Slashing Section 8

If the Bush administration has its way, more people could find themselves homeless.

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More people than ever are struggling to find affordable housing, yet if the Bush administration has its way and proposed changes to the budget of the Department of Housing and Urban Development go through, a lot of people who now depend on the government help out with the rent will find themselves on the street.

The Bush administration aims in its 2005 budget to cut by $1 billion the $18 billion fund that helps about 2 million Americans–generally the poor, elderly, and disabled–pay their rent. Specifically, it wants to rein in the growing costs of Section 8, the housing voucher program that chips in around two-thirds of the rent of low-income people, and which conservatives have traditionally favored on the grounds that it steers people toward private landlords instead of forcing them into public housing.

Since Section 8 programs began in 1975, the vouchers have helped to integrate cities where lower-income tenants would otherwise be href=”” target=”blank”>tossed out on the streets or to peripheral suburbs.

Outraged social service providers around the country are decrying the mooted cuts, which they view as yet more evidence of government attempts to deny needy workers federal help while doling out billions in corporate welfare. Wrote the Journal News of Westchester County, New York:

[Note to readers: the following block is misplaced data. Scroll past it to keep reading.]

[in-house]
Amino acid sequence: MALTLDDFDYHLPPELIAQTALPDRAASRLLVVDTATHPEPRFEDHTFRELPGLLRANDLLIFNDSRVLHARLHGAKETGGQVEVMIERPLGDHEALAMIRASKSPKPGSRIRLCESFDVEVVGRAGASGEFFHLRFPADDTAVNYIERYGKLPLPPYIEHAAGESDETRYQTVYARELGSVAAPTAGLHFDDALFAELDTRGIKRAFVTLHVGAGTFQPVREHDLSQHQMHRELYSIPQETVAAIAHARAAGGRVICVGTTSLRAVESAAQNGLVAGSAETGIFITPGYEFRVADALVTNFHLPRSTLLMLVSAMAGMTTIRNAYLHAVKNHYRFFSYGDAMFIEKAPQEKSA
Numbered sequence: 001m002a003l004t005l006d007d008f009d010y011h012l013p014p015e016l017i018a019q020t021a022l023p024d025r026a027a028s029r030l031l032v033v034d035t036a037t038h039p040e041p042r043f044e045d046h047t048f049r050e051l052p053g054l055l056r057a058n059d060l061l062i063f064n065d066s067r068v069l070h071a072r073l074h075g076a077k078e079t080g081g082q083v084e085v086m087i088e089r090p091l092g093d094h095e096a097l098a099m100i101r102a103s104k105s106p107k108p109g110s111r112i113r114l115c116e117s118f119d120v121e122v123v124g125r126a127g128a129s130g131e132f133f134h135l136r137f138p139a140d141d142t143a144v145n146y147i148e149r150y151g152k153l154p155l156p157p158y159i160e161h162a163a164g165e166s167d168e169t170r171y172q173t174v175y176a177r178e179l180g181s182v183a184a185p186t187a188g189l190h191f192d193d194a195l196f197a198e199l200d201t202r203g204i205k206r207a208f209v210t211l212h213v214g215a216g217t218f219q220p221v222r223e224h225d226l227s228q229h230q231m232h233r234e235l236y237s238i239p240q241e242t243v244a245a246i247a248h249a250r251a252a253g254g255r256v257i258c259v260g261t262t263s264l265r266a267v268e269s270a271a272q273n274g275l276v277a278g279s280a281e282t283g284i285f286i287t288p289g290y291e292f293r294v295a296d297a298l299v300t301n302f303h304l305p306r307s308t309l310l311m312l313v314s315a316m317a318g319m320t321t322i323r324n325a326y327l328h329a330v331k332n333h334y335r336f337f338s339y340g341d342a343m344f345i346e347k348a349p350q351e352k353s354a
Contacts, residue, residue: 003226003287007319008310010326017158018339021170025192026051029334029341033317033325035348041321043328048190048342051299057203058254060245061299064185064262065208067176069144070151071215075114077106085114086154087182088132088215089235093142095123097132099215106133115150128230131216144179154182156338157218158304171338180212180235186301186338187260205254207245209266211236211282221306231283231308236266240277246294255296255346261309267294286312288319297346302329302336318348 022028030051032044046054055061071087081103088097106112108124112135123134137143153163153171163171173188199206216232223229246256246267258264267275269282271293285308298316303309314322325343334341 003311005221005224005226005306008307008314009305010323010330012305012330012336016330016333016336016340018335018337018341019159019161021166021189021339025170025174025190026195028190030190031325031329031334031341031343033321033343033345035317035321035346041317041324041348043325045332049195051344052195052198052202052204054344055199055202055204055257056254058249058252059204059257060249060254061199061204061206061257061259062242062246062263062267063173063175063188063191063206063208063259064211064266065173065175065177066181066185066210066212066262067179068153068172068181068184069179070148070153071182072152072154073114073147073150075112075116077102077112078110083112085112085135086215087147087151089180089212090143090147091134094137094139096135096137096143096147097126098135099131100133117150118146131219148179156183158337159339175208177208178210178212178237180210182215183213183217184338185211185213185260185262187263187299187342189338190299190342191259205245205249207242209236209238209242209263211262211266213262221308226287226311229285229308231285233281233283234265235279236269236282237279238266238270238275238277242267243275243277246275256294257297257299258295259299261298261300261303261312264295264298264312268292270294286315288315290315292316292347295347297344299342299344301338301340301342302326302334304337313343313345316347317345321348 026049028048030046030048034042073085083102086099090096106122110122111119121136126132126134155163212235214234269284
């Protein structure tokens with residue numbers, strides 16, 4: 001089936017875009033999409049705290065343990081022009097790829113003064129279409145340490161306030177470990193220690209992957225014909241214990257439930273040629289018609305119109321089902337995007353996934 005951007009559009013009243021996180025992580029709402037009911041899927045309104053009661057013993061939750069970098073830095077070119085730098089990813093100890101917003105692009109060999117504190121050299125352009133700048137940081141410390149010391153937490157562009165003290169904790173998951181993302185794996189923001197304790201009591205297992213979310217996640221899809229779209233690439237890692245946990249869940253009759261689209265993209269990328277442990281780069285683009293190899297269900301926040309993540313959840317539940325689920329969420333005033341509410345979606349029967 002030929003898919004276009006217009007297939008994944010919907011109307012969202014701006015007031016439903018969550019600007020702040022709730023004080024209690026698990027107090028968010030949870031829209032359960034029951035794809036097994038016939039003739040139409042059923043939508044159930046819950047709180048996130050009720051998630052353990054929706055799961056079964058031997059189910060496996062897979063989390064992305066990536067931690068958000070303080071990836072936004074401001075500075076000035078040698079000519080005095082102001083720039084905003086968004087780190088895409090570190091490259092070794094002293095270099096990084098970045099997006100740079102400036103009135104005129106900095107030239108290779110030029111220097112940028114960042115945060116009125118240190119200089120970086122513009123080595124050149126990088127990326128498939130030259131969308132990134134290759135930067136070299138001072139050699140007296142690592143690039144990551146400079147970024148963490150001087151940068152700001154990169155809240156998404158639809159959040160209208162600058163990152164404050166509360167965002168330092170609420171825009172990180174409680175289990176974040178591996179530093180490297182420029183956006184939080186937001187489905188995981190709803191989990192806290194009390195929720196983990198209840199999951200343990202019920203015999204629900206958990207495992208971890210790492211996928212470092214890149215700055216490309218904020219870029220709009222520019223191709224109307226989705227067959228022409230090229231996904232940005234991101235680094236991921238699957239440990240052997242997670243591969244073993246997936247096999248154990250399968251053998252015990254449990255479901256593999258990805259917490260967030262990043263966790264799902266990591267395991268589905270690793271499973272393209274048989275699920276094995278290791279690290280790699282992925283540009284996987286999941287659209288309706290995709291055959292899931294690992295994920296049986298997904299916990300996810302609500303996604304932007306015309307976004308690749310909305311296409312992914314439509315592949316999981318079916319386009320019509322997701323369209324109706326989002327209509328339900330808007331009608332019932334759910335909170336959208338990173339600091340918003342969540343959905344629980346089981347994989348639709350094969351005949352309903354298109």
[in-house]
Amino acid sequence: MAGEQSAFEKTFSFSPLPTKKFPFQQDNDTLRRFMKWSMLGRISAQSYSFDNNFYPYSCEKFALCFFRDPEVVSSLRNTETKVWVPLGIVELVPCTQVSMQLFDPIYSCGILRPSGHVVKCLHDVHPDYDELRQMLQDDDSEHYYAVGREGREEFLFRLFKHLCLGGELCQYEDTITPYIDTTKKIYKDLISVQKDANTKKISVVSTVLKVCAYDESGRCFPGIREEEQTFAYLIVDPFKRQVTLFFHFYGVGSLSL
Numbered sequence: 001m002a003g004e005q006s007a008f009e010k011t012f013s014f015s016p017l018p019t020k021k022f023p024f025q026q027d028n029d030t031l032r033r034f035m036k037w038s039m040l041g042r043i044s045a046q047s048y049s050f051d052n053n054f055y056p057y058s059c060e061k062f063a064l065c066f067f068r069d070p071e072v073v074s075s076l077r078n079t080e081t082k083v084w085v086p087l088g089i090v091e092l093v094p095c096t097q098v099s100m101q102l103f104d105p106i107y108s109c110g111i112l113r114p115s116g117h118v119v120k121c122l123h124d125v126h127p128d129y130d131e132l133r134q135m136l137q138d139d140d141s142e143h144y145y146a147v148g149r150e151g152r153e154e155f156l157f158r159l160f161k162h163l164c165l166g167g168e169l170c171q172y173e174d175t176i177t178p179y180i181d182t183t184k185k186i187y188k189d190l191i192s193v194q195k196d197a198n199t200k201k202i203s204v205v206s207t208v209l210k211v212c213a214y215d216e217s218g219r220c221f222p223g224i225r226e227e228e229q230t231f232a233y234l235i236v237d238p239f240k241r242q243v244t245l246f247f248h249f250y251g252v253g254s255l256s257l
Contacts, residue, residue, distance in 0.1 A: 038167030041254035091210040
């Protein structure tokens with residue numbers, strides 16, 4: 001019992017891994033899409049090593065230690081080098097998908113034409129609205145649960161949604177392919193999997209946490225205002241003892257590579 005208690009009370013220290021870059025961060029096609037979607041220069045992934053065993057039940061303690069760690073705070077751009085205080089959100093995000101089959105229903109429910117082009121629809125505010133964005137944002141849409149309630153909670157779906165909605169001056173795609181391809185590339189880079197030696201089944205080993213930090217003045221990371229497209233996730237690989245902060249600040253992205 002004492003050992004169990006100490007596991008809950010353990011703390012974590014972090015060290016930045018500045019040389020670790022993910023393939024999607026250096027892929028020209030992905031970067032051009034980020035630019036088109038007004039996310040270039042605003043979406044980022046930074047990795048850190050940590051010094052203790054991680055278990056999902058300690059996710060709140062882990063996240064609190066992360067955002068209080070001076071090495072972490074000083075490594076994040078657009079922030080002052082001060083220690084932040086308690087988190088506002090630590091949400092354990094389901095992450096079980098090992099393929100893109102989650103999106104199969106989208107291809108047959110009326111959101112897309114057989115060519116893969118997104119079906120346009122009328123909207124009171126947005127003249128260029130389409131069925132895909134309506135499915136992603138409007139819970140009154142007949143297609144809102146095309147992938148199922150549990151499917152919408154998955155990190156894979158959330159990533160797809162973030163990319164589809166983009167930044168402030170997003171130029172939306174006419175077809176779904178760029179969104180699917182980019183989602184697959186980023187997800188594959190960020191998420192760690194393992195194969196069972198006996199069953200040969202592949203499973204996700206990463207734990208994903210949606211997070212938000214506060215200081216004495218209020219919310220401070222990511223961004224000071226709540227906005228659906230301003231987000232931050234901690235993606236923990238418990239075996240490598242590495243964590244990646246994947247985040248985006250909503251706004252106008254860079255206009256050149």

It should be unconscionable to reduce housing assistance to the nation’s poorest people when the Bush administration and some in Congress are pressing for still more tax cuts for the wealthy. Apparently, it is not.”

Yet HUD maintains that it is simply cutting red tape, curbing spiraling costs, and reducing voucher wait lists by promoting self-sufficiency and home ownership. The bureau, which spends three-fourths of its $23 billion budget on Section 8, would give block grants to regions instead of setting voucher quotas. This is supposed to create flexibility for the nation’s 2,500 local housing agencies.

The likely result, though, is that fewer families will get any benefits at all, or else they will have to pay more rent out of their own pockets. The HUD budget will fall $1.5 billion short of granting the current number of rent coupons. And future voucher grants might favor renters who make more money than the truly down-and-out, allowing the government to give more people smaller benefits.

Washington also plans to cap the annual rise in Section 8 grants at 1 percent, even though rents rise by an average of 5 percent each year. At that rate, the tenant of a $700 apartment would pay a total $222 more in the second year of the lease.

The proposed cuts come at a time, arguably, when more people than ever need help with their housing costs. U.S. inflation has outpaced earnings; the minimum wage hasn’t risen since the early 1990s; and the supply of housing available to the neediest people plunged by 19 percent in the 1990s, according to HUD’s own estimates. The number of “worst-case households” started rising in 1999 after a decline during the prosperous mid-90s. Affordable housing advocates charge that Bush’s promotion of home ownership ignores the more urgent need for urban rental units, especially for the projected influx of 13 million immigrants in the next decade.